Esquel (the first subdivision of Avana and the only one currently built AFIAK) is part of Circle C. From what I've heard and read, parts of Avana may not be part of Circle C, and StanPac plans on building some amenities just for Avana, I guess at which point maybe the whole thing could up and separate from the CCHOA? I assume that would be up to the developers as well as the current owners. CCHOA's fees are pretty low and a smaller HOA would probably charge more so I don't know where I'd fall on that.

The StanPac agents told us that the land about 150-200 yards behind Esquel (the nature preserve) all belongs to a private owner who gets big tax breaks from the city. They didn't say who the owner was or mention that the city owned any of it, plus it's just what the sales agent said, so who knows if it was accurate.
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Old 03-15-2012, 07:17 AM
cm4
 
90 posts, read 121,143 times
Reputation: 34
I think the environment/development legal battles have helped slow down the pace of growth so that the balance is better maintained.

Compared to other places in the area, the pace of development has been so fast that the balance swung too far in the developer's favor, with big box stores, cookie cutter neighborhoods and strip malls popping up overnight. I almost don't even recognize most of Williamson County any more.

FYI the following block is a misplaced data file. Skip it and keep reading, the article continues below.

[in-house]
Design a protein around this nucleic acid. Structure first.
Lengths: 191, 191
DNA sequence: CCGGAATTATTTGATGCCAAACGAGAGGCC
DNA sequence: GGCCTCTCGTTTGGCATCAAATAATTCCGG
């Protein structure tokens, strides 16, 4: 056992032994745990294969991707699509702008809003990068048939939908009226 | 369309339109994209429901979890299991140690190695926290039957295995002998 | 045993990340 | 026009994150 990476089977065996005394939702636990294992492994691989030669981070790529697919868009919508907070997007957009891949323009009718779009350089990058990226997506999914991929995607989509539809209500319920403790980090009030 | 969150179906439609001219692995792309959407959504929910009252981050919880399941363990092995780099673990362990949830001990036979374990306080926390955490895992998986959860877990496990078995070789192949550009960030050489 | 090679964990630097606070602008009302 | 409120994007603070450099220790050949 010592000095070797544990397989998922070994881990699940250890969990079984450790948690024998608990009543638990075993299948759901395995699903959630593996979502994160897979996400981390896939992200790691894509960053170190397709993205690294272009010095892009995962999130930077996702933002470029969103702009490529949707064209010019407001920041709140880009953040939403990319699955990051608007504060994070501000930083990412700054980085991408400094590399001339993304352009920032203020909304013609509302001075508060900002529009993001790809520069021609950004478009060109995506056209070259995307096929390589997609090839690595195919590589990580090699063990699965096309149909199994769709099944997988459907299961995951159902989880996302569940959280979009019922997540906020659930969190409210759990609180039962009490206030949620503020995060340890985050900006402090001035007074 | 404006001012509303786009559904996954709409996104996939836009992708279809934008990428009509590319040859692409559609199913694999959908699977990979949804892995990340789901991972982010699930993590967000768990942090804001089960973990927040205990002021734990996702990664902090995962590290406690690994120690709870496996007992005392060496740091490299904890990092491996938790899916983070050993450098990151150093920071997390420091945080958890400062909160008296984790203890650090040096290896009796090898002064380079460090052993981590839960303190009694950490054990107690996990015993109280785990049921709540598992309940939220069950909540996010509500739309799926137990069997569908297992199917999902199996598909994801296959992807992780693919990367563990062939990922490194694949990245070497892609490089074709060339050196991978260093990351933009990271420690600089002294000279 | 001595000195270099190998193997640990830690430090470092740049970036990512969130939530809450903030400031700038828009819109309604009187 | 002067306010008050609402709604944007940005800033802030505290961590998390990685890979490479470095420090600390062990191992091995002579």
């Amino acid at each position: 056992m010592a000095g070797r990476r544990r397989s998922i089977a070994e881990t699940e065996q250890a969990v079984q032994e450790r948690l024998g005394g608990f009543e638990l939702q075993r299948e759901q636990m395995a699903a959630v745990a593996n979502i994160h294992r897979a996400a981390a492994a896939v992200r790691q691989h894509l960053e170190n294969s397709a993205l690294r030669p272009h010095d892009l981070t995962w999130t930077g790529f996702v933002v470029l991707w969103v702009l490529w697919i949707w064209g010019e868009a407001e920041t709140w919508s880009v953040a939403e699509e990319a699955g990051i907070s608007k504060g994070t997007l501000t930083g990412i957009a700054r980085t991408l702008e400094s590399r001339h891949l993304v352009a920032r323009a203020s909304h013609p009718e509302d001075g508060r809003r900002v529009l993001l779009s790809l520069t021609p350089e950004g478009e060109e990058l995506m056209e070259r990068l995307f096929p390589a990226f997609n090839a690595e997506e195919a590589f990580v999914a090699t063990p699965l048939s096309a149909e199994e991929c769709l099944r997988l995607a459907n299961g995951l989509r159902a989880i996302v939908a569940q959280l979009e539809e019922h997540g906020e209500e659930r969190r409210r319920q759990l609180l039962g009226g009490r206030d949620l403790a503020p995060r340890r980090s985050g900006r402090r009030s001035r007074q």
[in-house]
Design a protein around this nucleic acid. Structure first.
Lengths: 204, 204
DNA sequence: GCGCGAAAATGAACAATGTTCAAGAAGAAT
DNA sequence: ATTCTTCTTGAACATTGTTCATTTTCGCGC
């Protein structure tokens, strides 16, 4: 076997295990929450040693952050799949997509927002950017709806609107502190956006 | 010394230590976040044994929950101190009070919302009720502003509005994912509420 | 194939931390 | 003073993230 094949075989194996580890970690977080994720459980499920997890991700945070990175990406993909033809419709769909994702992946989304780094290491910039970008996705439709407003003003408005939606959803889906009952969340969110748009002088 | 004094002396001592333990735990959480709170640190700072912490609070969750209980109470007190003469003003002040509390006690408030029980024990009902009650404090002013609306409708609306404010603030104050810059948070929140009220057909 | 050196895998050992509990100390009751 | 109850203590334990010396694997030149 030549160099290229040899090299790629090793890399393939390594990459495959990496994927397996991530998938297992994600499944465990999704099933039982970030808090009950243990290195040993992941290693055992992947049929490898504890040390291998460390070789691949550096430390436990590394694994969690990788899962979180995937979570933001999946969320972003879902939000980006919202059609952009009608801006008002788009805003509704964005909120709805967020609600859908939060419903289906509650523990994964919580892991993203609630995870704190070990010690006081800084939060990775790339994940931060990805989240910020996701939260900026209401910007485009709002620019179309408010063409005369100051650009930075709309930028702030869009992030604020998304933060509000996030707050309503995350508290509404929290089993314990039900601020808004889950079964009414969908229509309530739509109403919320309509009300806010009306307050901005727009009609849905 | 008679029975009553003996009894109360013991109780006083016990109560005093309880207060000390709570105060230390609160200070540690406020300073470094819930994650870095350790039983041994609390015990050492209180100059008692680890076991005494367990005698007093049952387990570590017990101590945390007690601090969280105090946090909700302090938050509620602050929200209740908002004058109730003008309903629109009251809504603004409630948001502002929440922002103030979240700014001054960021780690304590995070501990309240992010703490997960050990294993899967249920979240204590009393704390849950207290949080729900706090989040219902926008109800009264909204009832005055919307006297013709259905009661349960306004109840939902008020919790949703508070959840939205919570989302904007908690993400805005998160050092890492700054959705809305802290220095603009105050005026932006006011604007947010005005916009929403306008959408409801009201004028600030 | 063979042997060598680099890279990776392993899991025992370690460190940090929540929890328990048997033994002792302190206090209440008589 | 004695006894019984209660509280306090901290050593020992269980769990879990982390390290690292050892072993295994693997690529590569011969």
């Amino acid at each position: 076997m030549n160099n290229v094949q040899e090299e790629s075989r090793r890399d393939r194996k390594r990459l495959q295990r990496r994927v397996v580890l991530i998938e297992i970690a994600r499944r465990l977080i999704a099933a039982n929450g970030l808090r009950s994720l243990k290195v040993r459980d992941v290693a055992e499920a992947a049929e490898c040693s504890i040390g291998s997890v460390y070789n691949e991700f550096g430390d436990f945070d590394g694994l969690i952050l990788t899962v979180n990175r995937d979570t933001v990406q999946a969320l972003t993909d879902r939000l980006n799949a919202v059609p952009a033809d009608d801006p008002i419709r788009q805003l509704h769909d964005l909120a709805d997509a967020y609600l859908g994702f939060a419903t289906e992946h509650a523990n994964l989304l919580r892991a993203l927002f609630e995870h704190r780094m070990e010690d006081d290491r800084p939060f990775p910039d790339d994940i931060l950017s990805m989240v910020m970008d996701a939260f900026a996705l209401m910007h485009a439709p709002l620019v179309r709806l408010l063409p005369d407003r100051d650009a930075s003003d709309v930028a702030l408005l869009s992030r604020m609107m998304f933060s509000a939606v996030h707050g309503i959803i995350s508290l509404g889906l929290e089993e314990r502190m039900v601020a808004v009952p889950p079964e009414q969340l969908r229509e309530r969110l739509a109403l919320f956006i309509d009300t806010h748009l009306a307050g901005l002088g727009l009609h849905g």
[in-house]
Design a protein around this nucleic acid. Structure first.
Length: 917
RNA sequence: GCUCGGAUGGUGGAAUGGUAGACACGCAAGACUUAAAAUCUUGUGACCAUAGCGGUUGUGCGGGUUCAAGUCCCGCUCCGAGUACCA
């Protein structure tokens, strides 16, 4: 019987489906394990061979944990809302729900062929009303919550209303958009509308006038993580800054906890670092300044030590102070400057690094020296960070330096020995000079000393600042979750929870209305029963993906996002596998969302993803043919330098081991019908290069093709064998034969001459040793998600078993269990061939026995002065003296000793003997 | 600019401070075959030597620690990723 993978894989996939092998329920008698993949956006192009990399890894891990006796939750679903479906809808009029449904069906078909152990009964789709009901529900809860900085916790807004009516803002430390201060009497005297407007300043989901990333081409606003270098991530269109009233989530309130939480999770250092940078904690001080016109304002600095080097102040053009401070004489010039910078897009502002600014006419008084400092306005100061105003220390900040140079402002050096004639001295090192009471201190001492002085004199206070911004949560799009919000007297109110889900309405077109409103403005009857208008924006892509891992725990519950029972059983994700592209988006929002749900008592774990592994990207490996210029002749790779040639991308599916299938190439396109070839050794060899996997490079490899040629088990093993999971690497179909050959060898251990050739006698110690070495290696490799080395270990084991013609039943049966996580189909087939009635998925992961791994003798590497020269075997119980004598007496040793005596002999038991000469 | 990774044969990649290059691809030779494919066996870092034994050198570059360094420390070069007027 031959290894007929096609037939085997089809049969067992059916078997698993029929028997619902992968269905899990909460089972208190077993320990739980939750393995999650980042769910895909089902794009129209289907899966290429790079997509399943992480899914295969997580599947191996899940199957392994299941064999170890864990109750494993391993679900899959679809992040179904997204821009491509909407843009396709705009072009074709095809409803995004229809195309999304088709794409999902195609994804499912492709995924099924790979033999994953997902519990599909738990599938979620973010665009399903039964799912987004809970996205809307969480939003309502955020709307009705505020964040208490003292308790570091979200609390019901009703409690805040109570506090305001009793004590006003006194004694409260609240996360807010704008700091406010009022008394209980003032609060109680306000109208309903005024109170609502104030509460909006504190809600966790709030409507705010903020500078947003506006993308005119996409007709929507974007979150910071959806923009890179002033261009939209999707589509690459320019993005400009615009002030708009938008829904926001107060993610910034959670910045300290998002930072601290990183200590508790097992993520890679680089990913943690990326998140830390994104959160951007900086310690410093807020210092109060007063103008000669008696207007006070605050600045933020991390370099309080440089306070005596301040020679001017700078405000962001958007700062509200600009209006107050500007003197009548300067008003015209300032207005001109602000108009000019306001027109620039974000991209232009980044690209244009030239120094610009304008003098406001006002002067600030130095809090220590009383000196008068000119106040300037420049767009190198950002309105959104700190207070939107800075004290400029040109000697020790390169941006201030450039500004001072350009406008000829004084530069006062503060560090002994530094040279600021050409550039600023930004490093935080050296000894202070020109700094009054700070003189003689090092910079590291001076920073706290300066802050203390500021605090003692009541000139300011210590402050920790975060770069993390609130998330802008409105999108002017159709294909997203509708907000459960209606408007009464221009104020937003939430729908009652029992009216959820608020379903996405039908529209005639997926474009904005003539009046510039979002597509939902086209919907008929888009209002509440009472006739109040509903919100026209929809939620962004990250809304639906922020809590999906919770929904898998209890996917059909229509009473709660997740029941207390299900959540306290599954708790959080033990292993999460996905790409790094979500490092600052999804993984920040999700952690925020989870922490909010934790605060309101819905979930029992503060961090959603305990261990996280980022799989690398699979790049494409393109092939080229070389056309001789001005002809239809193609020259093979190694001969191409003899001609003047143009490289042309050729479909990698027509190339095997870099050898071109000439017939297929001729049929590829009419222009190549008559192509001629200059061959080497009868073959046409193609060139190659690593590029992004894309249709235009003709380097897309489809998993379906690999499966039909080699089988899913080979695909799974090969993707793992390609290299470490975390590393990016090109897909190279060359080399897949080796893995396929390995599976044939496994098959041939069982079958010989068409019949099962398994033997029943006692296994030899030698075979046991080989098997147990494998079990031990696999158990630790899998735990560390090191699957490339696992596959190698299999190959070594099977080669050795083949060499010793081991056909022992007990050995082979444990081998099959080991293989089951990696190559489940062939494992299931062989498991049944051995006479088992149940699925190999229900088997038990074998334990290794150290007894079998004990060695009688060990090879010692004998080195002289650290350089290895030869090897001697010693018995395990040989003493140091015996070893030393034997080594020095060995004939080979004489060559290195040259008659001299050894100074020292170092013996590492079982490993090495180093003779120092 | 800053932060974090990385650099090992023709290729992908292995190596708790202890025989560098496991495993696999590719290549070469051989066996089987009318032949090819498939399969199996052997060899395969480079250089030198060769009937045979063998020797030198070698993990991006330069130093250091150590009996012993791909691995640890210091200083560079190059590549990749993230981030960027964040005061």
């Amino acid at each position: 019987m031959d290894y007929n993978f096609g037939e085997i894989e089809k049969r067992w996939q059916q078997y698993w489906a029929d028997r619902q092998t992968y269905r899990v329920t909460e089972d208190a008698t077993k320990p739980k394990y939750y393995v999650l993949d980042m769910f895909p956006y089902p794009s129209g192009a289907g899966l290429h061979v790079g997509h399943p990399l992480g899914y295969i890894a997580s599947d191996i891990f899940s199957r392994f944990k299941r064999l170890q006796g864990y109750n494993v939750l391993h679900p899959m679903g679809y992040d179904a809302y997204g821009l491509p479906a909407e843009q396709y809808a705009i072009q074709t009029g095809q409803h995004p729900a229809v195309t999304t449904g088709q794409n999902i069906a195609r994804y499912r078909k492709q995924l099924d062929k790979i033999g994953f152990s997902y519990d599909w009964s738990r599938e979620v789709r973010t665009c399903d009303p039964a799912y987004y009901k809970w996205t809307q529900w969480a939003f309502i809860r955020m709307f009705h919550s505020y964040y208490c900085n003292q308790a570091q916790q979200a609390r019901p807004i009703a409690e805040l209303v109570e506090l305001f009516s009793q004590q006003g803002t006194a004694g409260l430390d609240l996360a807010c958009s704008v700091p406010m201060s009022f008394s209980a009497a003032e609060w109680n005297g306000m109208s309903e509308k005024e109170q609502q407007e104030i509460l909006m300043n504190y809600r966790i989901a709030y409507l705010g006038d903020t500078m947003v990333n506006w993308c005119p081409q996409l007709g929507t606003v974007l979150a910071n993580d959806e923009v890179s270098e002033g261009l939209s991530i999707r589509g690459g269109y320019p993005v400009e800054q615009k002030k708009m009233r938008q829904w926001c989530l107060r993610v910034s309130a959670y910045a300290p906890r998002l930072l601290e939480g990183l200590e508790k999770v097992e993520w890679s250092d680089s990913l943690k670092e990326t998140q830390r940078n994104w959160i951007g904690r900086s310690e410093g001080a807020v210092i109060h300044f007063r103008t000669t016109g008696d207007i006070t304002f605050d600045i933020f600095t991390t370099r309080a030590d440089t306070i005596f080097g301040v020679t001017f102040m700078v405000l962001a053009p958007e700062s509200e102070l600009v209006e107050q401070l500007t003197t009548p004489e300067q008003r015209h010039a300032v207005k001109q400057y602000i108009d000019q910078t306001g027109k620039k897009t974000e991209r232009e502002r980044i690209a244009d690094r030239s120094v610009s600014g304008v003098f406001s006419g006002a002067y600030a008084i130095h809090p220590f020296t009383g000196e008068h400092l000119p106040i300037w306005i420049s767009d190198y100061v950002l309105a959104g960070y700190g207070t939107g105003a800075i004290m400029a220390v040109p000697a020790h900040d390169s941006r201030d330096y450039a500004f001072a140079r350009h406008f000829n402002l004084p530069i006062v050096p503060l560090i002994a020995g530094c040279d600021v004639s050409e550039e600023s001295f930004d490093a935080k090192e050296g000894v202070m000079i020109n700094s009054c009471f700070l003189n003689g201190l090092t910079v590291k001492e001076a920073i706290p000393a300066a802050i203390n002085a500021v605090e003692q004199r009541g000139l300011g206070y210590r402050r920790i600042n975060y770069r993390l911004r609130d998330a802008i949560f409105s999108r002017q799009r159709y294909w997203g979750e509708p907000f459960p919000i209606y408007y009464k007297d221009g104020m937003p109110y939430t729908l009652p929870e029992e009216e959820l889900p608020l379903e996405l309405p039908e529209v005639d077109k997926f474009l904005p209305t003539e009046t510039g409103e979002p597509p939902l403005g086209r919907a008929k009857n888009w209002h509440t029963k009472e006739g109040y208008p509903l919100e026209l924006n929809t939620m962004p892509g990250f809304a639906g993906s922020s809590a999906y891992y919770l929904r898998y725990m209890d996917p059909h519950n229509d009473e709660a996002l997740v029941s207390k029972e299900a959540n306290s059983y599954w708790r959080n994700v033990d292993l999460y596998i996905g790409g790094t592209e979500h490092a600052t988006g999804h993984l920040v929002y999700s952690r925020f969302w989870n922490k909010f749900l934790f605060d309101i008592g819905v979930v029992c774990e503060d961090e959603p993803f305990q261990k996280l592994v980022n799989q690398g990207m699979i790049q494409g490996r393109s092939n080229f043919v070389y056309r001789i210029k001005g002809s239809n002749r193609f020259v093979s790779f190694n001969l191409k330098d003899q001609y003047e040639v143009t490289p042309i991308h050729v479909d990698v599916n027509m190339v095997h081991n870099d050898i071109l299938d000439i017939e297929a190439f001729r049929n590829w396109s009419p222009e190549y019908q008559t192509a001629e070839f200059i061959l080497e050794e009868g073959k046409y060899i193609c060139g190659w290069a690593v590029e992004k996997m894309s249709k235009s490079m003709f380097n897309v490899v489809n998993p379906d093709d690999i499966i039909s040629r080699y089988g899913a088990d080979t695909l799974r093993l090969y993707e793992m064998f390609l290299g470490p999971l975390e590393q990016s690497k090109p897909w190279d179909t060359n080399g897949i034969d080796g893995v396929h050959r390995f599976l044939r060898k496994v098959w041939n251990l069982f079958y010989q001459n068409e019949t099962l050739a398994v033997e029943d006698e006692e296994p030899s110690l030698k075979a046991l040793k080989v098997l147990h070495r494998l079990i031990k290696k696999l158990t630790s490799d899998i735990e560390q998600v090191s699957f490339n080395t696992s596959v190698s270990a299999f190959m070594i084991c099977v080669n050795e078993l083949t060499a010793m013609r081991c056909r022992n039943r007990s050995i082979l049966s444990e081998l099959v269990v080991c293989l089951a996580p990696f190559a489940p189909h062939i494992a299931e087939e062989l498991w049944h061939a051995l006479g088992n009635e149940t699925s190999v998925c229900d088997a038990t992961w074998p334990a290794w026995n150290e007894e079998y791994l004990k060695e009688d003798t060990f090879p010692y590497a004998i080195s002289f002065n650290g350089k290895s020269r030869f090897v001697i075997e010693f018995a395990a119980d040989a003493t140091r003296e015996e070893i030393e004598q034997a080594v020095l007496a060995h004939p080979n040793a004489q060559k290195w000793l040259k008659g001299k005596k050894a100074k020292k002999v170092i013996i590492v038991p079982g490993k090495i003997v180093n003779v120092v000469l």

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Old 03-15-2012, 08:04 AM
 
Location: Austin, TX
8,625 posts, read 17,401,323 times
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Quote:
I almost don't even recognize most of Williamson County any more.
I grew up in WilCo, and ya, it is waaaay different than it was when I was growing up. RR pretty much got steam-rolled in the late 70s/early 80s by the housing boom. G'town was fortunate to be just a wee bit further out, so although it boomed, not nearly as violently. It is only more recently that G'town got the box stores and frontage roads that define the "Modern American Interstate City".
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Old 03-15-2012, 08:08 AM
 
3,134 posts, read 3,272,430 times
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Quote:
Originally Posted by cm4 View Post
I almost don't even recognize most of Williamson County any more.

"most"? I seem to get defensive about where I live. Williamson county is huge! It has vast areas of farm land and open space. I would argue there are concentrated areas of growth but those areas, compared to the overall span of Williamson county, are limited to certain areas.

Parts of Travis county are the same way. There are some breathtaking spans of undeveloped land and then there are concentrated areas of growth, (strip malls, McMansions that ruin majestic views of the river, et cetera).

Parts of Williamson county are now blending in with the city of Austin.

Having said all that my sister, (she used to live in Round Rock before the growth), makes the same comment: "I don't even recognize some of the area any more."